6 Best Oil Substitutes for Butter


Butter is a key ingredient used in cooking and baking. It adds flavor, contributes to the texture and mouthfeel of the recipe.

However, some may want to avoid butter due to dietary restrictions or are lactose intolerant. Some may run out of butter and want a replacement. In such instances, oil works well as a substitute for butter, especially if the recipe calls for melted butter.

This article will discuss different oil substitutes for butter without imparting the dish’s taste and texture.

6 Best Substitute Oil for Butter

This subsection will list different oil substitutes for butter. As oils are liquid, you may have to reduce its amount or other liquids in the recipe when substituting for butter. Also, due to butter’s versatile nature, choose an oil alternative that may mimic the same characteristics as butter in the particular dish.

Olive Oil

Olive oil obtained from the olive fruit is rich in monosaturated fatty acids and antioxidants, making it a healthy choice for cooking.

Olive oil may substitute butter for sautéing, pan-frying, or roasting in cooking pasta dishes and savory meals. Use ¾ cup of olive oil for 1 cup of butter.

However, it may not replace butter in baking dishes that require cold, solid fat to create dough. Instead, it may work well in recipes that call for melted butter. It may also work well as spreads.


Olive oil may be a healthy substitute for butter in savory and baking dishes that require melted butter.

Coconut Oil

Coconut oil is an edible oil derived from mature coconuts with medium-chain triglycerides that has potential health benefits.

Coconut oil may be substituted for butter anywhere from sauteeing to cooking savory dishes due to its versatile nature of being both solid and liquid.

It may substitute butter in the baking dishes at a 1:1 ratio. However, it may slightly change the flavor of dishes as it has a distinct taste. In such cases, refined coconut oil may be used to yield a neutral-tasting product.


Coconut oil with similar properties as the butter may substitute for butter in both cooking and baking.

Vegetable Oil

Vegetable oil is a blend of oil from oil-bearing seeds including, corn, cottonseeds, peanuts, palm nuts, and soybeans, that remain liquid at a lower temperature. It has a mild flavor and may replace butter for cookies, cakes, and bread.

Substitute ¾ cup of vegetable oil for every cup of butter in the baking recipe. However, it may not work well in recipes that require creaming.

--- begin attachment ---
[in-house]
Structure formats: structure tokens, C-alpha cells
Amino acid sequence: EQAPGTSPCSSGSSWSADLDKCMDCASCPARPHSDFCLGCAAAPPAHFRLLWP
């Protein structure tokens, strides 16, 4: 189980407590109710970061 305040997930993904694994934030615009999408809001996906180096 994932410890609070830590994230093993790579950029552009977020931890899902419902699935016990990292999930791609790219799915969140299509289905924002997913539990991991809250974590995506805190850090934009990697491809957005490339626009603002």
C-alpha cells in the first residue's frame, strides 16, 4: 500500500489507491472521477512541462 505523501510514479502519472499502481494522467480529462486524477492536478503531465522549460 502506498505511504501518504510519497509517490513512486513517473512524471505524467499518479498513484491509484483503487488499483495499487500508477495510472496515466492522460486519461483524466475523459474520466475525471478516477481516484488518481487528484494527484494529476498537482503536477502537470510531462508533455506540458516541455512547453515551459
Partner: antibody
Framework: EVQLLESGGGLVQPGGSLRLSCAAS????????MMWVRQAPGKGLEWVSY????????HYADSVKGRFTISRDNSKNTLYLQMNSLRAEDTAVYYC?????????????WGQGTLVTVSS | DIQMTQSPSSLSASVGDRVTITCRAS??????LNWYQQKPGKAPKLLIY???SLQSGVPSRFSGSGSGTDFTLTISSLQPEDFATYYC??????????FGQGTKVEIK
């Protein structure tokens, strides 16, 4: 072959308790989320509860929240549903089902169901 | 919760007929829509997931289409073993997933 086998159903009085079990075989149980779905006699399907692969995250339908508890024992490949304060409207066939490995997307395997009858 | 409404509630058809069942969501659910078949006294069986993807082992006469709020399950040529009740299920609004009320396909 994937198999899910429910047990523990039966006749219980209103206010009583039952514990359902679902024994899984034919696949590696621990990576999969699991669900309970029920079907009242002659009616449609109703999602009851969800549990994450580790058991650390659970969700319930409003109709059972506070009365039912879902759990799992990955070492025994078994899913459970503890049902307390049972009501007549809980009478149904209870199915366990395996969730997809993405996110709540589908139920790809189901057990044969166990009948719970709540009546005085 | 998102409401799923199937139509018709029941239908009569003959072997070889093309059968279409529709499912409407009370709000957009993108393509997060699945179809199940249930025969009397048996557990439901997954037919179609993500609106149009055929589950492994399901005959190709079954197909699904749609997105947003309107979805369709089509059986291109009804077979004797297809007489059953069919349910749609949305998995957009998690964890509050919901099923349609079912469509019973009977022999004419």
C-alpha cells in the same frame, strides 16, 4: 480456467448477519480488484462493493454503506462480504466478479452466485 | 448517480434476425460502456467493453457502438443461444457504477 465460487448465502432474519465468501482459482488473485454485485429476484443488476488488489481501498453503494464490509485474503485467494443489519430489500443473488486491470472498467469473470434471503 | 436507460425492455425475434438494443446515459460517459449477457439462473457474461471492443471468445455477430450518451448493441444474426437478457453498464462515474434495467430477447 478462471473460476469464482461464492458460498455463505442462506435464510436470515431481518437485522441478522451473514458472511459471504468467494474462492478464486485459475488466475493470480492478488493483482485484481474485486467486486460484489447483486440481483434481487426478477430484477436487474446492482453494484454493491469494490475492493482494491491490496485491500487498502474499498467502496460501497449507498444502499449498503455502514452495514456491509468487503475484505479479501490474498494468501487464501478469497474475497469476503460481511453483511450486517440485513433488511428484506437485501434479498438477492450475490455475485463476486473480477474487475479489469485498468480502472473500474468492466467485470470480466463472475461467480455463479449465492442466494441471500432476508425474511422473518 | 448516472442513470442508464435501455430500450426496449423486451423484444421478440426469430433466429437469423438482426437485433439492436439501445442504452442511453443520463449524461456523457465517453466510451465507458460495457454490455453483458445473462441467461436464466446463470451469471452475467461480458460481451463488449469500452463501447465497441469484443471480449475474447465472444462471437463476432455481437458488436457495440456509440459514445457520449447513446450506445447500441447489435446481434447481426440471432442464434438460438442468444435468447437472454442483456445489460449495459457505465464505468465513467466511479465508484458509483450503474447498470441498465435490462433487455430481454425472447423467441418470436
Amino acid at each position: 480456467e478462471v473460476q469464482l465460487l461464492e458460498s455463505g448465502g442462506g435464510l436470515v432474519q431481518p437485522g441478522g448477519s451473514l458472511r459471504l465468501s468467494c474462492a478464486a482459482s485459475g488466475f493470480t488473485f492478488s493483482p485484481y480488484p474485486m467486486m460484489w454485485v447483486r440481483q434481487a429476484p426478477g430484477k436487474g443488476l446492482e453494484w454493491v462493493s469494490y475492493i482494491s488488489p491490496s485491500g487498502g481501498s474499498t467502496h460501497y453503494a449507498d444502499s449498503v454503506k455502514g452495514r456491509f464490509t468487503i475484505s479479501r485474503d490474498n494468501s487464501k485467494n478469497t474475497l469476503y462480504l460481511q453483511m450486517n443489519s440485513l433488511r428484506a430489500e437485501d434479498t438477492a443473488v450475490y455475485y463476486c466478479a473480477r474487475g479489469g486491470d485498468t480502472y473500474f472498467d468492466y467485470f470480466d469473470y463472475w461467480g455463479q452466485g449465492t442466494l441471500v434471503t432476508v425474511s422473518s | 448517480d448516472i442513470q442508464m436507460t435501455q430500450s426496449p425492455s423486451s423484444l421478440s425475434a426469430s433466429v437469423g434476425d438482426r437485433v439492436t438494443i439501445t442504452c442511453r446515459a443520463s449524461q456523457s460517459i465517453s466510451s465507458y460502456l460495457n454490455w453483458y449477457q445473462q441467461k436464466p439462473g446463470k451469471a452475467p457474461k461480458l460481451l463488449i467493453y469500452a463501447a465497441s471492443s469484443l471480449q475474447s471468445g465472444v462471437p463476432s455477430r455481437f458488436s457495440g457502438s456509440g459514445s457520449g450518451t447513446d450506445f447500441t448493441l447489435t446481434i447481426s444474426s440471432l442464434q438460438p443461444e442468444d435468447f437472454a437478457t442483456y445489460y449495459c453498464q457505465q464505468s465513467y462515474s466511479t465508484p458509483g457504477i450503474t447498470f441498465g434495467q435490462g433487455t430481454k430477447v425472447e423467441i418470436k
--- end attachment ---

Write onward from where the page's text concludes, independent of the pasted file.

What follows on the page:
Vegetable oil may substitute butter, especially in baking dishes. However, it may not be a healthy alternative.

Flaxseed Oil

Flaxseeds are the richest source of omega-3 fatty acids, protein, dietary fiber, and lignans. Flaxseed oil obtained from cold pressing the oil from seeds is versatile. It may substitute butter in baked goods, such as muffins, cookies, and bread.

Flaxseed oil adds a nutty taste and boosts texture. It gives a reduced-calorie product with an enhanced nutritional profile and good sensory properties. However, it is not recommended for frying as it may undergo oxidation giving off-flavors.


Flaxseed oil may substitute butter in baking dishes to increase its nutritional value.

Avocado Oil

Avocado oil obtained from avocado is rich in monounsaturated fatty acids that have been associated with cardiovascular system benefits and anti-inflammatory effects.

It has a neutral flavor that may work as a substitute for butter. It may also work in place of melted butter in savory dishes. However, many prefer pureed avocadoes as a butter substitute for its creamy nature.


Avocado oil may be a heart-healthy substitute for butter due to its neutral flavor profile.

Safflower Oil

Safflower oil is produced from safflower seeds. It includes a high-linoleic acid type that is rich in polyunsaturated fats and a high-oleic acid type rich in monounsaturated fats. American Heart Association calls these healthy fats.

It is a good all-purpose oil with a neutral flavor and may substitute butter in cooking. Polyunsaturated safflower oil may be suited for cooking over lower heat or for raw preparations, and the monounsaturated type may be ideal for cooking at high temperatures.


Safflower oil is a less popular choice that may be a healthy substitute for butter in both cooking over low heat and frying.


When not to use oil for butter?

Oil may not work for butter in the recipe, which requires creaming. When creaming, butter imparts air into products, entrap gases from leavening agents, and produces a fluffy texture. However, using liquid oil may make a flat product.

When is the smoke point of oils?

Smoke point is the temperature at which the oil starts smoking and produces toxic fumes. Different oils have different smoke points due to their chemical properties. One with low smoke points is ideal as salad dressings and dips, whereas oils with higher smoke points are used for frying.

Bottom Line

Butter is a popular cooking and baking ingredient that some want to avoid due to dietary restrictions and personal preference.

There are plenty of oils that may replace butter in baking, spread, and savory dishes. You may experiment with different alternatives and choose the one that provides the desired consistency and flavor.

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About Barbara Foster

Barbara is a traveler who has traveled to more than 25 countries. She loves the variety of food she gets to experience on her trips and maintains detailed journals of her travels which she plans to publish as a book someday. She loves to bake. Her favorite cuisines are Italian, French, and Mexican.